Holiday car hire: What to look out for
A change to the way drivers’ points and convictions are recorded is just one of many pitfalls to be aware of when hiring a car on holiday.
On 8 June 2015 the paper counterpart that has long accompanied the photocard driving licence was scrapped.
Instead, you can now view the information it contains, such as endorsements and fines, online.
Foreign car-hire firms frequently ask to check the paper counterpart to see if their customers have any motoring convictions, so what should you do in its absence?
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Impact of Brexit on driving abroad
The UK is no longer part of the EU.
We're now in a transition period until the end of 2020 while the UK and EU carry out negotiations.
Until then, the current rules for driving abroad won't change.
For more information on travelling in 2021 and beyond, visit GOV.UK.
What to do when hiring a vehicle
The DVLA has set up a system which allows licence holders to obtain a code online before they travel.
Staff at the rental office can then use the code to check the customer’s credentials and make sure they haven’t been banned in the UK, for instance.
This check code, which you can also get by phoning 0300 083 0013, will be valid for 21 days.
A government spokesman says: "Not all vehicle hire companies will ask for this information and we advise that you check with your hire company."
'Hang on to your old licence'
But the AA has recommended still taking the paper counterpart on holiday in case overseas rental offices don’t realise that it has been phased out.
AA president Edmund King says: "Not all car rental companies will be aware of the changes, so a 'belt and braces' approach of also taking the counterpart might help."
Nine common car hire pitfalls to avoid
There are a number of other potential pitfalls awaiting car hire customers: if you’re aware of them, you might be able to save a lot of hassle and money.
1. Book before you go
Leaving your rental until you've arrived at your destination means you're likely to pay the top price, plus there's a chance no cars will be available.
Booking in advance means you can shop around for the best deal, comparing basic prices.
2. Watch out for added extras
You're likely to be charged extra for the likes of child seats, a sat nav, adding a second driver, and dropping your car off in a different location to where you picked it up.
Different firms charge different rates, so do your homework before you book. Try to book any extras in advance – doing so when you pick up the car is likely to be more expensive.
Also, it could be cheaper to take child seats with you, even if your airline charges you for taking them on board.
3. Pay by credit card
Most car-hire firms will ask for a credit card when you pick up the car so that they can deduct the cost of any damage from it.
But is also worth paying for the booking by credit card if it costs more than £100: this means both the hire company and your credit card company are jointly liable in the event of problems, thanks to a piece of legislation known as Section 75.
So if the hire company goes bust, or takes more money from you than it is entitled to, you can ask your card company for a refund.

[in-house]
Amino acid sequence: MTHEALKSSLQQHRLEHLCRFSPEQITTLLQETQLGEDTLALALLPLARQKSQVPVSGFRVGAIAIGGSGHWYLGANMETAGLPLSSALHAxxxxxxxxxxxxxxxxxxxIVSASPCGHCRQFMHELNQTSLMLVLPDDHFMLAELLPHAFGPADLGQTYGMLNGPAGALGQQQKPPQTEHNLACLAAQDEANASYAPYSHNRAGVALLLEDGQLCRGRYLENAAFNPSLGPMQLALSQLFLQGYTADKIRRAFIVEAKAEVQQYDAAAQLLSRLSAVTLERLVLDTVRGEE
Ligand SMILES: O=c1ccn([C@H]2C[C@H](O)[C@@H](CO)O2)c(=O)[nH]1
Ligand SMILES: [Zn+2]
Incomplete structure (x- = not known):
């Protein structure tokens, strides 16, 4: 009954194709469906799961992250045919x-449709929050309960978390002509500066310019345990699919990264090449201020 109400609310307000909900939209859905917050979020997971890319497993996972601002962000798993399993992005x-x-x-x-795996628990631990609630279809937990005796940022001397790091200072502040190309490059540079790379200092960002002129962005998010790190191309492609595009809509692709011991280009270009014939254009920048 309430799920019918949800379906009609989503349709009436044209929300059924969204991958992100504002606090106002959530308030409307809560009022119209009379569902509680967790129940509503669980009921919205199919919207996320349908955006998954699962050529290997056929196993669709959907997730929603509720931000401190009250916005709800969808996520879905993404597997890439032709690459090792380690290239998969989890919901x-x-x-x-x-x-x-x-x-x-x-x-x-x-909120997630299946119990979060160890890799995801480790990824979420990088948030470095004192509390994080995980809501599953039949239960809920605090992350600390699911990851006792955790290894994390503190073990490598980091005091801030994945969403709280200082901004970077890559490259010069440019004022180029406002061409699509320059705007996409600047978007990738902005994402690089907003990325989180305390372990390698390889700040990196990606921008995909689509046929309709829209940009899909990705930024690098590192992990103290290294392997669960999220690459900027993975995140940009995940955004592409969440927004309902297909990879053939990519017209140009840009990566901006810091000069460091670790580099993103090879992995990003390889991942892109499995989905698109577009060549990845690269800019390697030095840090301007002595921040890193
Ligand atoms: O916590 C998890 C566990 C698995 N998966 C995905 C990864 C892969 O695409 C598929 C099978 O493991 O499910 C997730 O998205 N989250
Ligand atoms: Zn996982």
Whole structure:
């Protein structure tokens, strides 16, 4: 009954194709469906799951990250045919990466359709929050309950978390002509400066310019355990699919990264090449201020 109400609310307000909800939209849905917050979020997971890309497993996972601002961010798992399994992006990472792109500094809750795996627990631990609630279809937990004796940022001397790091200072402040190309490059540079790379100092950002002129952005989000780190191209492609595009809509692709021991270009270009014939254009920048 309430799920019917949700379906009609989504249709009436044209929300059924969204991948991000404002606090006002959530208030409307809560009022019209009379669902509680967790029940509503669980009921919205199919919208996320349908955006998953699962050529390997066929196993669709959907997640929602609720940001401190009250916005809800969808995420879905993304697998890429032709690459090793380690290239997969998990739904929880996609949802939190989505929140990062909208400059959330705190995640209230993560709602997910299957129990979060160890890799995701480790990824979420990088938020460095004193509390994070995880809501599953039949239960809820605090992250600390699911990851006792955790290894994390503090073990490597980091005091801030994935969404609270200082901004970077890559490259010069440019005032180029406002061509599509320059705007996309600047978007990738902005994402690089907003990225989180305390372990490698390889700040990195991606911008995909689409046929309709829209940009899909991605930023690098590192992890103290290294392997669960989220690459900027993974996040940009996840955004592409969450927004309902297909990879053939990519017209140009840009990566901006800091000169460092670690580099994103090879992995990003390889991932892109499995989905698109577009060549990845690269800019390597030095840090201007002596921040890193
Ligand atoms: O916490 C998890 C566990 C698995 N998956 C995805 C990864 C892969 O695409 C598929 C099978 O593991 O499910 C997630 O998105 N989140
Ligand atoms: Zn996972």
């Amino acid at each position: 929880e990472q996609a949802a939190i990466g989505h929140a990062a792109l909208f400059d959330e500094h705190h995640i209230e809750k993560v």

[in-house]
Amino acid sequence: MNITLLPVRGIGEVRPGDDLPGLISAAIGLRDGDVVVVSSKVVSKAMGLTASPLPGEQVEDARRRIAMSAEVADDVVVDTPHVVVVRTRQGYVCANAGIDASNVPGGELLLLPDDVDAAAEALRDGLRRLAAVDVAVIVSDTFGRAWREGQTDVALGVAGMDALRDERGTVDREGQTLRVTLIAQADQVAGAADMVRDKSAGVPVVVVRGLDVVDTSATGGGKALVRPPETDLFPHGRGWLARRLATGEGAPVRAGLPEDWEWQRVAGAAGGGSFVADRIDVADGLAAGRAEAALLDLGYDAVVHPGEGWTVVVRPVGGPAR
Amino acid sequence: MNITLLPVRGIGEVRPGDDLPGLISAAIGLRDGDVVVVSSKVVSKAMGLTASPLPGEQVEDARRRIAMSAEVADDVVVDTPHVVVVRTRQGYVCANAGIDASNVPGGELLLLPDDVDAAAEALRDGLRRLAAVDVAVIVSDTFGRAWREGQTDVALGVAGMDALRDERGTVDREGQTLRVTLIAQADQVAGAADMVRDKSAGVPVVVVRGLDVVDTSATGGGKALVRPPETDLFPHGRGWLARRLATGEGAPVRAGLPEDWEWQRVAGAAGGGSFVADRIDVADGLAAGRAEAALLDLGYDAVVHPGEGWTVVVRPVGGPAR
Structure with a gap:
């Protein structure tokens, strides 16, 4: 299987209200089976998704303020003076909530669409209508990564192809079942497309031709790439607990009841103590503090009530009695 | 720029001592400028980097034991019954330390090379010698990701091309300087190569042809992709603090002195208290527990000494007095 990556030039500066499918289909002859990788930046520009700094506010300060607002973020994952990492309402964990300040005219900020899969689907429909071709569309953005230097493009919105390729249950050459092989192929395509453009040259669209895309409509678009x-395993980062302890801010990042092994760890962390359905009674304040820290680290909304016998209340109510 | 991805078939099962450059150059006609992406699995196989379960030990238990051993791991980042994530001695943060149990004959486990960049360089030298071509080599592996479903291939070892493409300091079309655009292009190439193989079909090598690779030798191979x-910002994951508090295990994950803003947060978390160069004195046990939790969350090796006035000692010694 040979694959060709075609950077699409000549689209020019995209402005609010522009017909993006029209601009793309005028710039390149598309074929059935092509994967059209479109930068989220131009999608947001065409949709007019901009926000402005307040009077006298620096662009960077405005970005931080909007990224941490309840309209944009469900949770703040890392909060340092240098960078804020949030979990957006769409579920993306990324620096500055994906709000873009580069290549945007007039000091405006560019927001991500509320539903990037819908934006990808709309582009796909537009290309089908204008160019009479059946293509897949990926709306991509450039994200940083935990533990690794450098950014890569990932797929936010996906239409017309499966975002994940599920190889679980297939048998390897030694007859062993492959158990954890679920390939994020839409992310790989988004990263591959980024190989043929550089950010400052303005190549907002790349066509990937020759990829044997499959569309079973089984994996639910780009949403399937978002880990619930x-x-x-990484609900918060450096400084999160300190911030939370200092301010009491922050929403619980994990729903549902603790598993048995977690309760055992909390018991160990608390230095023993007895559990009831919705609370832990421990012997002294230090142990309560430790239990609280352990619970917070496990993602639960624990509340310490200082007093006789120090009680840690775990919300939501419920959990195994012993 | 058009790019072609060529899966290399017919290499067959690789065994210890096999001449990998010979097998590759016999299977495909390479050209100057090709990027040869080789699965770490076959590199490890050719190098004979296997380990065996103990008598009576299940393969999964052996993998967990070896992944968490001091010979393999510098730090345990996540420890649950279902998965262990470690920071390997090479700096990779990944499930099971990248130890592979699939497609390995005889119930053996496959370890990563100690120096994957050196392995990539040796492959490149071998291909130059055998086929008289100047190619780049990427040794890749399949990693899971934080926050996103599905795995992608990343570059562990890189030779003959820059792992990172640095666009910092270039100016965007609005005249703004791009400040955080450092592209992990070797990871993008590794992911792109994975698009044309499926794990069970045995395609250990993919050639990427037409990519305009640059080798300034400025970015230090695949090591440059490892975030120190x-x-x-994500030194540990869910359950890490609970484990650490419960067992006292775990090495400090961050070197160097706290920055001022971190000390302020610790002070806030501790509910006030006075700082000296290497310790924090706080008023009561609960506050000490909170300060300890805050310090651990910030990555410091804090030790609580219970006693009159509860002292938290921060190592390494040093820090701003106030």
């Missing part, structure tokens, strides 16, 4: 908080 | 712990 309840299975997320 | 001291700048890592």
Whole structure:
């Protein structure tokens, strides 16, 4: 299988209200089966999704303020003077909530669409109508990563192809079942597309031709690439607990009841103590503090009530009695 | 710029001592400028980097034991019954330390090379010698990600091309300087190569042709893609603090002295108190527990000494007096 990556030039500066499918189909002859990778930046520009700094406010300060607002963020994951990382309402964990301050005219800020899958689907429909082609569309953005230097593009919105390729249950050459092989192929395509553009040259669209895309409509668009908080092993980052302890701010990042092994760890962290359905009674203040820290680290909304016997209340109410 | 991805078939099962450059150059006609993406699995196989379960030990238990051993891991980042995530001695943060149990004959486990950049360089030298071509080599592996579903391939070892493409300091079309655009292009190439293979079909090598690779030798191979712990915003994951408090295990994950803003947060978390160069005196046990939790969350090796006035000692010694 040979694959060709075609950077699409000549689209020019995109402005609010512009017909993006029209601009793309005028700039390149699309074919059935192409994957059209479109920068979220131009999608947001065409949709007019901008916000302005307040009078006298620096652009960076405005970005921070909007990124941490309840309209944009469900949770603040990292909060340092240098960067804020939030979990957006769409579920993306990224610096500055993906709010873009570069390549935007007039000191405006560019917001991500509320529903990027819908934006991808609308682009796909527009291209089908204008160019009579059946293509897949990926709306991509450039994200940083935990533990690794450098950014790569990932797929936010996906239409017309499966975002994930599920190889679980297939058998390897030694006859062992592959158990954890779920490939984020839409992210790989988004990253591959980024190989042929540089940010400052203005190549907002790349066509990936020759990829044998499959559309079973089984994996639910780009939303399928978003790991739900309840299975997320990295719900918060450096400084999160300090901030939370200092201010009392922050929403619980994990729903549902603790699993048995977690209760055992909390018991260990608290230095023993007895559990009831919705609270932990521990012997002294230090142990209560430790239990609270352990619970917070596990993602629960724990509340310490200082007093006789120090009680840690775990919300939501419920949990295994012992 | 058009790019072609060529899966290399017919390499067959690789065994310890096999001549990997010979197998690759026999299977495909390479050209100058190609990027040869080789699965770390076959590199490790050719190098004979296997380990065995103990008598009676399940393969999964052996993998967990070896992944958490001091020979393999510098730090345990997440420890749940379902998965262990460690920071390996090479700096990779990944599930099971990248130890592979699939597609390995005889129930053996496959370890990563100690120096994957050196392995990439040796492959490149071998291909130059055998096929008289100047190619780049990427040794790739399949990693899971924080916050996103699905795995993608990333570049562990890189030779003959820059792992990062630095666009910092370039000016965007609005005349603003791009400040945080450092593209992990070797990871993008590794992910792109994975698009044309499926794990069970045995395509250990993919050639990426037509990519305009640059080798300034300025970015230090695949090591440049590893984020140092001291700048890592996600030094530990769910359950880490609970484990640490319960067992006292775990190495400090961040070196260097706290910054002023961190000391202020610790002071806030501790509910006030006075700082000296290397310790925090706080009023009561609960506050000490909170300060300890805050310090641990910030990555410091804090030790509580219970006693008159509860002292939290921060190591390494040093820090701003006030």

4. Check for damage before driving off
You will no doubt be eager to hit the road as soon as you get the keys to your car hire, but wait.
it's vital to check your vehicle first. It's not unknown for companies to charge customers several times over for the same scratches and dents.
If you spot any problems with the vehicle which haven't already been noted, tell the hire car rep and have details added to the rental agreement.
As back-up take a video and pictures of the car on your phone.
5. Beware of the fuel factor
It’s worth checking how different firms plan to charge you for petrol or diesel before you sign a car-hire agreement.
There are two main methods: either you are given the car with a full tank of fuel and you have to return it full, or you get a full tank but can return it empty.
The second option will probably mean the overall hire package is more expensive, but it can be quite difficult to arrive back at the car-hire office with no fuel left.
Most people will be more likely to end up returning with perhaps a quarter-tank of petrol: but in effect this means you’re giving the rental firm free fuel.
6. Extra insurance
A typical car-hire agreement will insure you against accidents or damage that is your fault, but you’ll typically be liable to pay an excess of several hundred pounds on any claim.
You can buy an extra insurance policy called excess insurance which will refund this excess charge. This offers extra peace of mind and can potentially save you a lot of money, but beware.
Buying cover from your car-hire firm is likely to be much more expensive. A better alternative is to shop around for a policy from a specialist insurer before your trip.
7. Settling up on arrival
Securing your booking with a deposit and paying the remainder of the bill when you arrive can sound like a good deal.
But this may mean you're liable for local credit card surcharges or a "loading" rate of around 3% which applies to most cards for payments abroad.
8. Don't be a second late
Don't turn up half an hour late when returning your car as you may be billed for the extra time. Depending on the small print in the contract, this could mean a full day's rate.
9. Collect evidence of the drop-off
Leaving your car and putting the keys in a safe box may be your only option when returning vehicles late at night or to small local companies.
If your vehicle isn't checked by a rep when you drop it off, you could be charged for damage that occurs after you have headed home.
In this case, park in the designed space, take photos as proof of the car's condition, and ask for confirmation that the car has been safely collected.